The Bankruptcy Abuse Prevention and Consumer Protection Act (BAPCPA) was passed in 2005 by the Bush administration in an effort to reduce the number of people who file for Chapter 7 bankruptcy. This act established a number of new requirements for those wishing to file for Chapter 7, making it more difficult for people to qualify. Those that are found ineligible for Chapter 7, however, are still free to file for Chapter 13, or reorganization bankruptcy.

The Means Test

Arguably, the largest change made by BAPCPA was the implementation of the means test. The means test is a method of determining whether or not you have the financial means to pay off some of your debts. If your income is above the state’s median income, then you must take the means test. However, if your income falls below the state’s median income, you do not need to take the means test.

This examination analyzes your disposable monthly income in order to determine whether or not you can pay off your debts under a Chapter 13 reorganization bankruptcy filing. If you fail the test because you actually can make some progress on debt repayment under Chapter 13, then you cannot file for Chapter 7.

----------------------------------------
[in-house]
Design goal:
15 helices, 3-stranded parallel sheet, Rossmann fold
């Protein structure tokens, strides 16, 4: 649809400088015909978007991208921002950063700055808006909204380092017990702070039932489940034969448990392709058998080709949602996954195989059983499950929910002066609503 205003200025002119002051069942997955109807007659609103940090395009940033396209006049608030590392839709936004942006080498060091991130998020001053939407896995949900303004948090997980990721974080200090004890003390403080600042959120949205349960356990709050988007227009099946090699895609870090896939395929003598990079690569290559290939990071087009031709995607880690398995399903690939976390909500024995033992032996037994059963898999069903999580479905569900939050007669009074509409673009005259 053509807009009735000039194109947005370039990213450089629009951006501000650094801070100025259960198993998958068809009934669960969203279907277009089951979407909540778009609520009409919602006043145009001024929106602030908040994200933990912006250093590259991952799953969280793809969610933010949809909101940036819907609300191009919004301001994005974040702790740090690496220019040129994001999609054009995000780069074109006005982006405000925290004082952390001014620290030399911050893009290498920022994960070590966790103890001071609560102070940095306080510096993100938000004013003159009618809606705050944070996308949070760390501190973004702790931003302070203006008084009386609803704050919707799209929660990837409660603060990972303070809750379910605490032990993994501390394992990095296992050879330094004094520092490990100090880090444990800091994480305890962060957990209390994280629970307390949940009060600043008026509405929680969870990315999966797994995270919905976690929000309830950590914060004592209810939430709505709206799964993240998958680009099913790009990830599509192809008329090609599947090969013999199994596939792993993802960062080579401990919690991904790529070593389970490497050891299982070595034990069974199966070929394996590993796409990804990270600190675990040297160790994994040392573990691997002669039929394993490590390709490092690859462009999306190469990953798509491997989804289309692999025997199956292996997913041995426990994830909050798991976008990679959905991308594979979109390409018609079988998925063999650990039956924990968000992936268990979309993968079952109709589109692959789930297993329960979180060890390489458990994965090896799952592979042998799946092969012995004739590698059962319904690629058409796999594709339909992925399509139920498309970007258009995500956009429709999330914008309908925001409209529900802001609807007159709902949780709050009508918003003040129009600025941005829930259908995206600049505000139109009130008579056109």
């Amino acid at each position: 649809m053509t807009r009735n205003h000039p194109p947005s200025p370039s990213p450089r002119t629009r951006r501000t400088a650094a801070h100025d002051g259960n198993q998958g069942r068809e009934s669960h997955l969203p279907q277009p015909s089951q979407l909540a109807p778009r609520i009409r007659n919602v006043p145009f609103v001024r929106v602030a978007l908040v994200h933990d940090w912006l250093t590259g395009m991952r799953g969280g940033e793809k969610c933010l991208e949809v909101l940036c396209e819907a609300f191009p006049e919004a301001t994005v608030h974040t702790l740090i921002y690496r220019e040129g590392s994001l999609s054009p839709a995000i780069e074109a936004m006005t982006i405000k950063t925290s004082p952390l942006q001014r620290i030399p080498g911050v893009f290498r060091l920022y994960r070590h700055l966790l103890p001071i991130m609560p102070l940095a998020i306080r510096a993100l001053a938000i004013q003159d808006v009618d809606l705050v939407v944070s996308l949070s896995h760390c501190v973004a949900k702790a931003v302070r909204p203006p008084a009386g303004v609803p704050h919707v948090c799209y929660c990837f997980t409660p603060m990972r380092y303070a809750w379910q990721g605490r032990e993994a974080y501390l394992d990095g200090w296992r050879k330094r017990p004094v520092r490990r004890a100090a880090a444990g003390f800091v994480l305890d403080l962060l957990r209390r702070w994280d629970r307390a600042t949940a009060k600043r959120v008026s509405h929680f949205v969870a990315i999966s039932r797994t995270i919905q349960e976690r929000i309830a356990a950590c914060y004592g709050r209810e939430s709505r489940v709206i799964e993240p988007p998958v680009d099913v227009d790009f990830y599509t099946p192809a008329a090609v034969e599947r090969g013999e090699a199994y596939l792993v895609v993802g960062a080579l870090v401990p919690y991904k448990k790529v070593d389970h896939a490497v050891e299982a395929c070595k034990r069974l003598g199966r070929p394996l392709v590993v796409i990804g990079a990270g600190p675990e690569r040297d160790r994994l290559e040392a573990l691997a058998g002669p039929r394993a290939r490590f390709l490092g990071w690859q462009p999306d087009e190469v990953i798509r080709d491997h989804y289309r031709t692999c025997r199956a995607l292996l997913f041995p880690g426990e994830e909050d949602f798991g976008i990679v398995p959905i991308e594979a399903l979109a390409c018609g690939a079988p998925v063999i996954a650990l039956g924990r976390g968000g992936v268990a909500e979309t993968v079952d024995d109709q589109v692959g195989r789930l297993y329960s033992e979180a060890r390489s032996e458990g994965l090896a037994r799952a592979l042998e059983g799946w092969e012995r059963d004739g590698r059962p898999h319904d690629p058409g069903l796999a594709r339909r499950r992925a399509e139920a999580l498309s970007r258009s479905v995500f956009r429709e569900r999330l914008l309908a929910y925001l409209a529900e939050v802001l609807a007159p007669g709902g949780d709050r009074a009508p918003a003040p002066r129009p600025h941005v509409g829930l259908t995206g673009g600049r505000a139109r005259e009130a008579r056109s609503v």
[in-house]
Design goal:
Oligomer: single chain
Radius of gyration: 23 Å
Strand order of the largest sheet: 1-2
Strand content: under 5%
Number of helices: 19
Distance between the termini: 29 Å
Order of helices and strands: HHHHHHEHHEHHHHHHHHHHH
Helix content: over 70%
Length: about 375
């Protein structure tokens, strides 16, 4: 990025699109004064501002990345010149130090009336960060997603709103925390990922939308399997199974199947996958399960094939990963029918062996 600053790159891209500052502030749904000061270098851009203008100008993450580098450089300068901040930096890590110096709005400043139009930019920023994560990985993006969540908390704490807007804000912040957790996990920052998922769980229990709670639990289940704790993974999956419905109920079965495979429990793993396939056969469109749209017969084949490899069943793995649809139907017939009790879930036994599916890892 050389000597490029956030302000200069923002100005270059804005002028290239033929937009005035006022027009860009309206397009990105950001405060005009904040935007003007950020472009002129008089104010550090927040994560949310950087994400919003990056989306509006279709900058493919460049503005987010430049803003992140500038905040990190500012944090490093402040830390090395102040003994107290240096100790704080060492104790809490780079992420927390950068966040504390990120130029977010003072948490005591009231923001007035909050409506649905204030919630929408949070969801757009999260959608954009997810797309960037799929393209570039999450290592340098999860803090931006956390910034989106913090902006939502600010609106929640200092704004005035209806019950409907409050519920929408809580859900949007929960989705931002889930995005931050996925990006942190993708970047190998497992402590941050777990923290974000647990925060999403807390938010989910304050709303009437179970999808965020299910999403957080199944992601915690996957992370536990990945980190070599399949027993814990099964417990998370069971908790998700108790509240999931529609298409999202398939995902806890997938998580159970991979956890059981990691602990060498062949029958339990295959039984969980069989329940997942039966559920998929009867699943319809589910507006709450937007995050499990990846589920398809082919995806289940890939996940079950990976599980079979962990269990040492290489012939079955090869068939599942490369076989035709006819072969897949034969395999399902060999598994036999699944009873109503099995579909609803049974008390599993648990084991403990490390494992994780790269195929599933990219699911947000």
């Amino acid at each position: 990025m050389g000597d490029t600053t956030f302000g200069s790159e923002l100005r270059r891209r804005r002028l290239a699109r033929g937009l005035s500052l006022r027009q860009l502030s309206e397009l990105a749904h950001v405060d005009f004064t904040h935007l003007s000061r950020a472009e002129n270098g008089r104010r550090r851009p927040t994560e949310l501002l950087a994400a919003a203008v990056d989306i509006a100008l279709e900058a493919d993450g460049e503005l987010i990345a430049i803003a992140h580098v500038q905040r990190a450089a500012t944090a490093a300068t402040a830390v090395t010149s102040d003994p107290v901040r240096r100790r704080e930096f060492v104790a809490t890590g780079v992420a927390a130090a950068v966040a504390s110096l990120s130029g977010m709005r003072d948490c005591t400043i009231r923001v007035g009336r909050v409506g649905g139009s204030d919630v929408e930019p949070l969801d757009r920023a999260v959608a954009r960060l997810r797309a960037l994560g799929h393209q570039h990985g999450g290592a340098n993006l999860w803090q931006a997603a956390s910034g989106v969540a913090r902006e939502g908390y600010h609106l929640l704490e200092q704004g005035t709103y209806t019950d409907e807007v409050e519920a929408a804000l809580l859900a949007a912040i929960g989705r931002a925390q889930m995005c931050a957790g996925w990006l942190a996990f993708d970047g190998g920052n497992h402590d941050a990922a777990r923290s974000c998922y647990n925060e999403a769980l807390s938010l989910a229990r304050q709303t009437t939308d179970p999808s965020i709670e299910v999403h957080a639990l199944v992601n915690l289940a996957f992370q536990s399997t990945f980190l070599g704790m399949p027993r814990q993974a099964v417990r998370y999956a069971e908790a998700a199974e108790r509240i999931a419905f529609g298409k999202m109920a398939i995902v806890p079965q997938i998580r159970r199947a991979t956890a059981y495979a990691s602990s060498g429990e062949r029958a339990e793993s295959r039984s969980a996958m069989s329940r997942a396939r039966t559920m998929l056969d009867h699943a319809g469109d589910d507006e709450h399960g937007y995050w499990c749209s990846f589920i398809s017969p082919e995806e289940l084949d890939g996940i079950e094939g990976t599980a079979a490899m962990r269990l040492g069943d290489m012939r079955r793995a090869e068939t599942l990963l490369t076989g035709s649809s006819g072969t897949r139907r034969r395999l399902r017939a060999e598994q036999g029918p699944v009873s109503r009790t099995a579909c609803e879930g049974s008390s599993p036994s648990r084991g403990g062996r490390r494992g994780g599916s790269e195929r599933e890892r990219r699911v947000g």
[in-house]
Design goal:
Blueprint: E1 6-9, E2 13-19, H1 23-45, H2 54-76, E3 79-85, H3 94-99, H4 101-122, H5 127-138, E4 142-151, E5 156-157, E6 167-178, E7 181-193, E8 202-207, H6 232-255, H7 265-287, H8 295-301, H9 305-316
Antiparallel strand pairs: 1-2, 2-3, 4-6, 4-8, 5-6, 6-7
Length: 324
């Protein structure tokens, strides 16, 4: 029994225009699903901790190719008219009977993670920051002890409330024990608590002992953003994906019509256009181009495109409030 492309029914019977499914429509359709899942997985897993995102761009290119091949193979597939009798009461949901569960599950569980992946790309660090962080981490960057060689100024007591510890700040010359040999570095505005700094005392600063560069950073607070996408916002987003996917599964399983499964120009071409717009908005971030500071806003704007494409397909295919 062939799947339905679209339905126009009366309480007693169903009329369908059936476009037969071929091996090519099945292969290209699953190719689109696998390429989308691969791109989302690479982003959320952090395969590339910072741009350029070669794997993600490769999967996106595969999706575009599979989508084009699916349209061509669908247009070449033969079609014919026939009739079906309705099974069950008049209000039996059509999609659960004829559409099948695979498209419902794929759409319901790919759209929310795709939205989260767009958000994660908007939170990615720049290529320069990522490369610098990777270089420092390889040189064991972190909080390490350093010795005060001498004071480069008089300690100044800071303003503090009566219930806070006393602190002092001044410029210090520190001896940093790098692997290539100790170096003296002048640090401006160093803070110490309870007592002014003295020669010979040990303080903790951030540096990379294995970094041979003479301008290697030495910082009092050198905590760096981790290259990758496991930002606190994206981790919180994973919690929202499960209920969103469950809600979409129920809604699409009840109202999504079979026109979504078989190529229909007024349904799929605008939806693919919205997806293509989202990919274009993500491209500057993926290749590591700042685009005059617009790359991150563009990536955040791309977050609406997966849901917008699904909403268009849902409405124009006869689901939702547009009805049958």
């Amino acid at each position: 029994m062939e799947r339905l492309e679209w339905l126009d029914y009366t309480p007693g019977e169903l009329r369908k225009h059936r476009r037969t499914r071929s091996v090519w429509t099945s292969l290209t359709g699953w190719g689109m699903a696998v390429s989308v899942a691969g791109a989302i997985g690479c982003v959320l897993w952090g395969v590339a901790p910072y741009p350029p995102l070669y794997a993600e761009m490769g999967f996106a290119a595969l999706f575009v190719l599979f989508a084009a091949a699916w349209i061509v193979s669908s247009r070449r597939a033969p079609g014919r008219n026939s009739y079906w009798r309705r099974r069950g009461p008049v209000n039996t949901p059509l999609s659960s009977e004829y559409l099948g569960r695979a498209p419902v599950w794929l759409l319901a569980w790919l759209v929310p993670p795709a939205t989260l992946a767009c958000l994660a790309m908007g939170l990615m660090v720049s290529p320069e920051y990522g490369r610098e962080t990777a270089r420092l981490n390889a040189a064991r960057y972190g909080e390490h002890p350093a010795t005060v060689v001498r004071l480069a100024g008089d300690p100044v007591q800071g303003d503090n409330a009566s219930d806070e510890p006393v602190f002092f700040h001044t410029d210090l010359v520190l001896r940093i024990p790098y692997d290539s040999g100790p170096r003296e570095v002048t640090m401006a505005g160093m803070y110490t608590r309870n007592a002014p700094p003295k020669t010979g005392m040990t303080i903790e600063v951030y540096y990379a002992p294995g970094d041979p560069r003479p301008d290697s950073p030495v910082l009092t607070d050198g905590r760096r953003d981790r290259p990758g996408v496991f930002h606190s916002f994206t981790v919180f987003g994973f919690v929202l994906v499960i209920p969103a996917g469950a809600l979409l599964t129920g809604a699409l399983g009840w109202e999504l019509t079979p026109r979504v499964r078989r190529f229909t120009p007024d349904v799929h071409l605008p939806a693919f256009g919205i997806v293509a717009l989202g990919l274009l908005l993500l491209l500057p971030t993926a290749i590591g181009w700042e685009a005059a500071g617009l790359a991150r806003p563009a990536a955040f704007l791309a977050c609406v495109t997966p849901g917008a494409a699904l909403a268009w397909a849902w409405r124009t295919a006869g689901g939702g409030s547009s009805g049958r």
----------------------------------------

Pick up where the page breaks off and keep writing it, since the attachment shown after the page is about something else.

If you are unsure about how to take the means test, then you may want to enlist the help of an experienced and qualified bankruptcy lawyer. The Birmingham bankruptcy attorneys of [firm-name] have the knowledge and skills necessary to help you effectively review your situation.

Contact Us

If you are thinking about filing for Chapter 7 bankruptcy, then Birmingham bankruptcy lawyer Paula Greenway can help you assess your situation and begin the filing process. To schedule your free initial consultation, contact her today by calling [phone-number].

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